who would have ever believed a hundred years ago that growing vegetables could become in itself a revolutionary act?

April 24th, 2007


found this quote in the library yesterday in a book about conceptual artists with a buddhist perspective. in it I read about artist Lee Ming Wei, whose work is based on issues of trust and the ‘art of living’, (art about daily life). this thread that runs through my own process these days. (if i told you about some of his work you would not believe me, so go read about it for yourself. okay, i’ll give you a hint, he is pregnant! yes, it’s true. read about it here.)
i have been conducting a little experiment of my own, though not nearly as daring. it involves designating large periods of non-computer time and documenting them in my journal. the results after two weeks with a couple of days off during each are rather startling. i hesitate to share them here with the knowledge that some of you may not like hearing them, as i am critiquing the very medium in which you are currently partaking, and quite possibly enjoying. the truth is, i enjoy it too, immensely. but lately i have started to see ways that it is taking from me more that it is giving, and this belief has been echoed by several web friends who have found it necessary to take an extended break from not just blogging but the internet.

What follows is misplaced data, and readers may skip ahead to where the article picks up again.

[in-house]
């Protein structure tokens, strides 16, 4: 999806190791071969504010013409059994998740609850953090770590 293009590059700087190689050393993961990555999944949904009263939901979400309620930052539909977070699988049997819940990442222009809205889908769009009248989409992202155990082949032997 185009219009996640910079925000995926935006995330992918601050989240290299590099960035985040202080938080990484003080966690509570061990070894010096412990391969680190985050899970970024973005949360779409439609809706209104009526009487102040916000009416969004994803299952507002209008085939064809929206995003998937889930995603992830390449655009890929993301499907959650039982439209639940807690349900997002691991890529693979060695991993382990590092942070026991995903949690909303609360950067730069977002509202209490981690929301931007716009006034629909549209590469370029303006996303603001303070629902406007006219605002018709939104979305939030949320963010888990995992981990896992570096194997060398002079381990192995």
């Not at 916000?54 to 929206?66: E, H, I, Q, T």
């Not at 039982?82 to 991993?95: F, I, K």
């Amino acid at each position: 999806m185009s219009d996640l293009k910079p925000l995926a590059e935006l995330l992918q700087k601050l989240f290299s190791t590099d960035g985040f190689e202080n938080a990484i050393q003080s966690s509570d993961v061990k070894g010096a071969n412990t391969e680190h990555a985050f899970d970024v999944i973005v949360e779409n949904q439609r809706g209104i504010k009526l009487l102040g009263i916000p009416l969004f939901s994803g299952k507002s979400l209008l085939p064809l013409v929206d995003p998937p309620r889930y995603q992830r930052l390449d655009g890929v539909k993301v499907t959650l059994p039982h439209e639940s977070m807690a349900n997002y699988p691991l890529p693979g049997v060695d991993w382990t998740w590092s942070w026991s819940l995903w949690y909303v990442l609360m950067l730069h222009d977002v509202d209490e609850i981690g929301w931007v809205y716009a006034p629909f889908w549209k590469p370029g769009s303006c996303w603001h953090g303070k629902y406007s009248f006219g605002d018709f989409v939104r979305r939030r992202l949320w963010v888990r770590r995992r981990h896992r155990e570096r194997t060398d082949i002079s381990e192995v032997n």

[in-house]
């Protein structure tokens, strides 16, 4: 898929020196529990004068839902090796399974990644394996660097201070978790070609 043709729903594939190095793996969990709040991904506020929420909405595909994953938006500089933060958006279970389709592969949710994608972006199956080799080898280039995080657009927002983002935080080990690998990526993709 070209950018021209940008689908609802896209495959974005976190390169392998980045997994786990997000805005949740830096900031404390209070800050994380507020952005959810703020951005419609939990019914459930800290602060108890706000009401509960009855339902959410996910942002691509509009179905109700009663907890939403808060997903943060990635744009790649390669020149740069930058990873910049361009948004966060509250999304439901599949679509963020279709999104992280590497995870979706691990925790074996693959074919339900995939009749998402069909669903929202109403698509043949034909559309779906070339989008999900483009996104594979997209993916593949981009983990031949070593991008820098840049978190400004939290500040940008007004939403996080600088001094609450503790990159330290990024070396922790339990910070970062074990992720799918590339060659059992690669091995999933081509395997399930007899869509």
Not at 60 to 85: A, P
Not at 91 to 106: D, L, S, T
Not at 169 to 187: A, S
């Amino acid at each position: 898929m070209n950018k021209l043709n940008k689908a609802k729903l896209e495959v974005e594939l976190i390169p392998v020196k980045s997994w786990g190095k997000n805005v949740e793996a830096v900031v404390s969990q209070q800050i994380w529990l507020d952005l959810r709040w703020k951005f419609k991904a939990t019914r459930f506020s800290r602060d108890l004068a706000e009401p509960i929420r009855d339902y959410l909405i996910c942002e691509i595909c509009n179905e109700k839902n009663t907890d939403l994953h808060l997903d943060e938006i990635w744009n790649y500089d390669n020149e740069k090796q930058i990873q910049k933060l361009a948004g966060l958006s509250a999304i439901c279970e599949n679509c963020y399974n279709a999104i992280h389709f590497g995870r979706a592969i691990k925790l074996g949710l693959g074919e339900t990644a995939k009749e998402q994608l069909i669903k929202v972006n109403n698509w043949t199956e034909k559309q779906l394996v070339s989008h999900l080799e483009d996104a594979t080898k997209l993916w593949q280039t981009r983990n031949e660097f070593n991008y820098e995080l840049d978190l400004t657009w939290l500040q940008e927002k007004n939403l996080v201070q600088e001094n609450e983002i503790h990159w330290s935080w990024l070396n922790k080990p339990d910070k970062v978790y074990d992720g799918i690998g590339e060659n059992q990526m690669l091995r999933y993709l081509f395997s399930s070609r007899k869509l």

the main issue, a common thread between many of us, is a disconnection with life in the real world. symptoms:
-diminished contact with friends and family (speaking in person or on the phone with them has dwindled or is non existent, social life greatly limited over time) this one seems to directly co-relate to an increase in ‘web friends’. while these relationships are also great, they are not the same as speaking on the phone or having lunch in a public place.
-diminished participation in/with nature
-zoned out feeling (disconnectedness)
-large portions of time in each day unaccounted for (productivity greatly affected in all areas of life, house cleaning, creativity, work, etc.)
Edward Abbey in Desert Solitaire talks about the limitation of the machine, he is referring to any number of mechanical gadgets, and says that they tend to separate a human from their environment. while trying to write one evening he describes using a generator to produce light,